Vogler’s book takes the concept of the Hero’s Journey by Joseph Campbell to build an approach to the craft of writing through guidelines in plot and cVogler’s book takes the concept of the Hero’s Journey by Joseph Campbell to build an approach to the craft of writing through guidelines in plot and character development.
For me, the strong point of the book is how thoroughly he melds the archetypes of the Hero’s Journey with the stages of the journey, or the plot. He writes in depth about the protagonist or hero meeting the other archetypes and how these meetings help form the plot from the Call to Adventure and the decision the hero must make through the subsequent stages.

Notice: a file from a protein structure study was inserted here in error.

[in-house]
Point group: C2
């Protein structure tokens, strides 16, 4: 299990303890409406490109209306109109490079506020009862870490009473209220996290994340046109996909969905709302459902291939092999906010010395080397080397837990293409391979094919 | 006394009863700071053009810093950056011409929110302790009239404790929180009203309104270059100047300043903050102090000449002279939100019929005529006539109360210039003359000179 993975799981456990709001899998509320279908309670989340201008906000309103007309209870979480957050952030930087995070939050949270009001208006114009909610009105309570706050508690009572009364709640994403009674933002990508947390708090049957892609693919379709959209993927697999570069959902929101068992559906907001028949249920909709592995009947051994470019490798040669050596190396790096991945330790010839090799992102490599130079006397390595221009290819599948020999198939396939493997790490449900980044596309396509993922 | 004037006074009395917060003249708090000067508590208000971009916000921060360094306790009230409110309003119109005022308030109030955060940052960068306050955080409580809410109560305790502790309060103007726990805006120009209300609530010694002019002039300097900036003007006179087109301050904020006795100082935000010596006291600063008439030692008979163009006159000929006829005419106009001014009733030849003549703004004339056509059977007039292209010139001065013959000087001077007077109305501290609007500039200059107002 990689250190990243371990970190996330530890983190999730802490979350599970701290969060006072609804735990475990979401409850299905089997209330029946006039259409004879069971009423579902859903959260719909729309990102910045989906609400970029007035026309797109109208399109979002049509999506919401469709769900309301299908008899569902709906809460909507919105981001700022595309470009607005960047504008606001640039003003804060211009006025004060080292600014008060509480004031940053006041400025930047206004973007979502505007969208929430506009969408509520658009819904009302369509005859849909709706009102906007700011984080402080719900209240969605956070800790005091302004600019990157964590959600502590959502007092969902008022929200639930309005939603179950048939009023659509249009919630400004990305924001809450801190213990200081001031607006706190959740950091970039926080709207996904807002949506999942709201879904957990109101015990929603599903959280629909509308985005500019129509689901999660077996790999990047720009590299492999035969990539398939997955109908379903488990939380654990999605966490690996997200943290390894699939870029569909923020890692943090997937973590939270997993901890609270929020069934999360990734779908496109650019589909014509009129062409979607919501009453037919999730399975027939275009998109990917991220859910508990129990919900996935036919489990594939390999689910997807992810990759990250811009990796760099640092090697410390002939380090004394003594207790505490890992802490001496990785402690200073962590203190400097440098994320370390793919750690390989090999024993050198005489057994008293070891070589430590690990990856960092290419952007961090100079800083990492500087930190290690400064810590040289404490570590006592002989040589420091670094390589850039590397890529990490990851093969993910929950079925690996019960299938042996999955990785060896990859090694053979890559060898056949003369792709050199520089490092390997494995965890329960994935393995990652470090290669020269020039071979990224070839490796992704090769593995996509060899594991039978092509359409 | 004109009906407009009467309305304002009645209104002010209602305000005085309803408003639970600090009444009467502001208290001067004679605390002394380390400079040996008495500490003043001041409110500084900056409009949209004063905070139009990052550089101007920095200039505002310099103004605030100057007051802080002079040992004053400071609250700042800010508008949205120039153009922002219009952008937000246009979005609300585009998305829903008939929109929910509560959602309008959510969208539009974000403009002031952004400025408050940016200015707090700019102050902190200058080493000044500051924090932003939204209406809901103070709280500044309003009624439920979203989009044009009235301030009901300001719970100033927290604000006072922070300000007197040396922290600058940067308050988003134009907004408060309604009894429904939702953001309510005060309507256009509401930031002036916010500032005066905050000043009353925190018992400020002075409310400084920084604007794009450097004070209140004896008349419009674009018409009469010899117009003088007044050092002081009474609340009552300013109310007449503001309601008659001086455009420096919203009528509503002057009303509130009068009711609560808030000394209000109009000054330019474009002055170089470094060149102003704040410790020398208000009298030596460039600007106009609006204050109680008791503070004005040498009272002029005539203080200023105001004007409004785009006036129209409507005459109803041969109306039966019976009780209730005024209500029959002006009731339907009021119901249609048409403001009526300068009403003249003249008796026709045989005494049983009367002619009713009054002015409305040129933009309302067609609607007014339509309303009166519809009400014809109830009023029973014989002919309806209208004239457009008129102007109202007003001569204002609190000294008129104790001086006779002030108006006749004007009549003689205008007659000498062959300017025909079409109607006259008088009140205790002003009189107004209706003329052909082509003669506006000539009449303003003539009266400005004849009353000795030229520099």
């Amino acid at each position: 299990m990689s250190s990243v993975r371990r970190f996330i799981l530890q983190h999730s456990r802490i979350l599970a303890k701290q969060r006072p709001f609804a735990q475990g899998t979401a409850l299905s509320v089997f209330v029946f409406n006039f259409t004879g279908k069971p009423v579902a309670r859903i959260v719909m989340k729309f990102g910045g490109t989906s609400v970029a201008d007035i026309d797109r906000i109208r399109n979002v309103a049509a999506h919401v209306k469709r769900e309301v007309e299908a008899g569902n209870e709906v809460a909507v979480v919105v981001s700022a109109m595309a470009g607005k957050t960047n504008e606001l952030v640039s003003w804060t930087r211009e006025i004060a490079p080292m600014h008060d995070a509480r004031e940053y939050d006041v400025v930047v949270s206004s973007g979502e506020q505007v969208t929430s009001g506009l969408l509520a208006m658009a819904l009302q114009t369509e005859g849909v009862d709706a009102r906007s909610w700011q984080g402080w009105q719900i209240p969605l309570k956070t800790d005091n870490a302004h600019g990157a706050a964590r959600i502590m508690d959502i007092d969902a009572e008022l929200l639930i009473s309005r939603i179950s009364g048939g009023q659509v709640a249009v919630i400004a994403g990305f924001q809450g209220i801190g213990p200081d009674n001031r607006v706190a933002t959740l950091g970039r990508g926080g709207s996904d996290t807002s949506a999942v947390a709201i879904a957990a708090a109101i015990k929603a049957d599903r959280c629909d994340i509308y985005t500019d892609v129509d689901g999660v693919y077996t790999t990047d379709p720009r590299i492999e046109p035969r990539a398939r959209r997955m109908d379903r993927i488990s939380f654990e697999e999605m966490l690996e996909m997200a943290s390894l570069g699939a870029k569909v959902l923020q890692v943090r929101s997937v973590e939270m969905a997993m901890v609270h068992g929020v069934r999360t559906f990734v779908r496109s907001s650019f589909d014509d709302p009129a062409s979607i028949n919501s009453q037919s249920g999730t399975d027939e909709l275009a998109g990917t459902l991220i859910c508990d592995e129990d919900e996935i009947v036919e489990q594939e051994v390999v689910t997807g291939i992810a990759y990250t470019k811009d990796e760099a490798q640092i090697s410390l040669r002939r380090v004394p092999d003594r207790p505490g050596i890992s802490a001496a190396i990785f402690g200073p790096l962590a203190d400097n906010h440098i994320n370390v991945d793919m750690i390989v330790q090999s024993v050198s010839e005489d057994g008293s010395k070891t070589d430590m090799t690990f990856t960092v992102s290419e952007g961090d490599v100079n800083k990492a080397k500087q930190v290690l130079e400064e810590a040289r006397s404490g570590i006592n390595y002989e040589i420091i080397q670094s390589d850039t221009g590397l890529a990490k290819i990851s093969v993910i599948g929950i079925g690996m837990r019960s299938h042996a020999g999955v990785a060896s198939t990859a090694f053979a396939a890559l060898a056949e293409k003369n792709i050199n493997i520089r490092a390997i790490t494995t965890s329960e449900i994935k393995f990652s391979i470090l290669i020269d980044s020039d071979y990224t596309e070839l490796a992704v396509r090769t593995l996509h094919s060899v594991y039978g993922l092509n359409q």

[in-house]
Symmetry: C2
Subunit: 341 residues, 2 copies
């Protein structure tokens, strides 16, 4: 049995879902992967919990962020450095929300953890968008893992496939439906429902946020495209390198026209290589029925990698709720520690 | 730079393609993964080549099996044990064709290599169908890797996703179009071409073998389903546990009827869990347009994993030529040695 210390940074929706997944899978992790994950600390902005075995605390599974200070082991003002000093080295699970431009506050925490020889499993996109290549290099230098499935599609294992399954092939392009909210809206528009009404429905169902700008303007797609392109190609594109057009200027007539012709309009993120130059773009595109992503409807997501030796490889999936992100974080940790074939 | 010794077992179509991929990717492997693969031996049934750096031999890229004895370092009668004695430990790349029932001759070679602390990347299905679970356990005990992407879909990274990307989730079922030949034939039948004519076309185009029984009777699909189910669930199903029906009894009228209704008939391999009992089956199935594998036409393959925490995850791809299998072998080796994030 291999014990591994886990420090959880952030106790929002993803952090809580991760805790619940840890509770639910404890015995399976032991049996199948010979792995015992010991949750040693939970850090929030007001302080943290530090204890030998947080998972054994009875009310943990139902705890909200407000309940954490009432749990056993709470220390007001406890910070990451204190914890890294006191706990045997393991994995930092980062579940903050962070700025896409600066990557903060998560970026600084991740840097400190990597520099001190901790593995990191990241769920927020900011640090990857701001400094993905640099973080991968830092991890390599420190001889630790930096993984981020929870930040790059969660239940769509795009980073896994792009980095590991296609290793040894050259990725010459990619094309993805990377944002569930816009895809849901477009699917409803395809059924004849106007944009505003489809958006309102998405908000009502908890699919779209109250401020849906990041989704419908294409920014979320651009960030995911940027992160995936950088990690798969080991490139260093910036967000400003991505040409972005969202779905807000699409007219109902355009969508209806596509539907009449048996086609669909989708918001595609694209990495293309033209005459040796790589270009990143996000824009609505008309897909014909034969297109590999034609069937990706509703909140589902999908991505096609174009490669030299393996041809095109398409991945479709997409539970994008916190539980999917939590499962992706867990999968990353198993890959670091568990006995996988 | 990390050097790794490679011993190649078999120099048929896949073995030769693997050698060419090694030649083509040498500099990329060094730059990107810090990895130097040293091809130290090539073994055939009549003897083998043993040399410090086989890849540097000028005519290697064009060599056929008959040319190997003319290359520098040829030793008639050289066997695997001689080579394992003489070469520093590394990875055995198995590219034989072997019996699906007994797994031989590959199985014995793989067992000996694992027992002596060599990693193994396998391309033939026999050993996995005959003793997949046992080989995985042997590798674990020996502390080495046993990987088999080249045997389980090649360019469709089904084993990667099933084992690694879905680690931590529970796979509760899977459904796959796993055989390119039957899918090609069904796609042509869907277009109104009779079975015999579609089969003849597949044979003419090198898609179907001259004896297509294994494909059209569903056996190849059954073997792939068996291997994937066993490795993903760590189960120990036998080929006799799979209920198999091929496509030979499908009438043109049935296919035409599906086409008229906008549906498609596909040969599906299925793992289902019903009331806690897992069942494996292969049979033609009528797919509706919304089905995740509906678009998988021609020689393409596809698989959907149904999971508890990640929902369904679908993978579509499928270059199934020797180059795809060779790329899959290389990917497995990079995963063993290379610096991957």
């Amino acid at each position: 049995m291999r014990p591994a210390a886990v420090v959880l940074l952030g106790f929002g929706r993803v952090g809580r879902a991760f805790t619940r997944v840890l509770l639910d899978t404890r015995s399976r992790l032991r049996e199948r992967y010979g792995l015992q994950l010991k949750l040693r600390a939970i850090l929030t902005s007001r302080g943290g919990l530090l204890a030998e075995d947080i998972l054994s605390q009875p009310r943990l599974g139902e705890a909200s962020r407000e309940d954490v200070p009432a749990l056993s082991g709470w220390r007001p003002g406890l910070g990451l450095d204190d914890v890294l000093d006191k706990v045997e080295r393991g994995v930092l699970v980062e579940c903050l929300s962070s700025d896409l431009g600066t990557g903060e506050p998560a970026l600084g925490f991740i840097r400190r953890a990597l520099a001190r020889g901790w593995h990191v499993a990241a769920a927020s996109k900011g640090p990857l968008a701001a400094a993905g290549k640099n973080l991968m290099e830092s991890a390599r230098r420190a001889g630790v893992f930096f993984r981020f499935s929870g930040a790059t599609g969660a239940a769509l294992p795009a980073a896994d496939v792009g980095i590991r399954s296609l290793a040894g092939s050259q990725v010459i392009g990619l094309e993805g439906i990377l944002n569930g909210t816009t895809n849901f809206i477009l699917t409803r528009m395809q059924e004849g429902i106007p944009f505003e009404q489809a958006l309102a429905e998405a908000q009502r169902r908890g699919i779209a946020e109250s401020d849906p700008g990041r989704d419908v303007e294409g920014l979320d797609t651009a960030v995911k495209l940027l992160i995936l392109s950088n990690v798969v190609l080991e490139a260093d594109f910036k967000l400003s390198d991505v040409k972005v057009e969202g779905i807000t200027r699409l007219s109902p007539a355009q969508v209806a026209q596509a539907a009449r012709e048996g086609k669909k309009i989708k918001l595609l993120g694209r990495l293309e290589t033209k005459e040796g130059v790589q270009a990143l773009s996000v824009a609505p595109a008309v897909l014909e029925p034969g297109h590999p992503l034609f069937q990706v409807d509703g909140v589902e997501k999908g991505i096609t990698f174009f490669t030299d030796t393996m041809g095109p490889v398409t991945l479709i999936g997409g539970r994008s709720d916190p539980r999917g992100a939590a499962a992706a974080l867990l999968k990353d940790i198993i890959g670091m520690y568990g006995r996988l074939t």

Vogler explores how the stages of the journey fall into the three-act structure. He presents a logical progression which gives a framework for both the story arc and the character arc. He takes us from the ordinary world of the hero through the call to Adventure, the hero meeting his mentor and crossing the first threshold into the story. The hero faces tests, makes allies, finds enemies. The ordeal of the story intensifies the ordeal until the hero finds his reward and begins the road back.
His use of movie examples fits comfortably with his style and makes the examples and points very understandable.
I recommend this book to both outliners and organic writers. Whatever your style or preference, Vogler provides a structure for building our stories that fits both styles of writing. ...more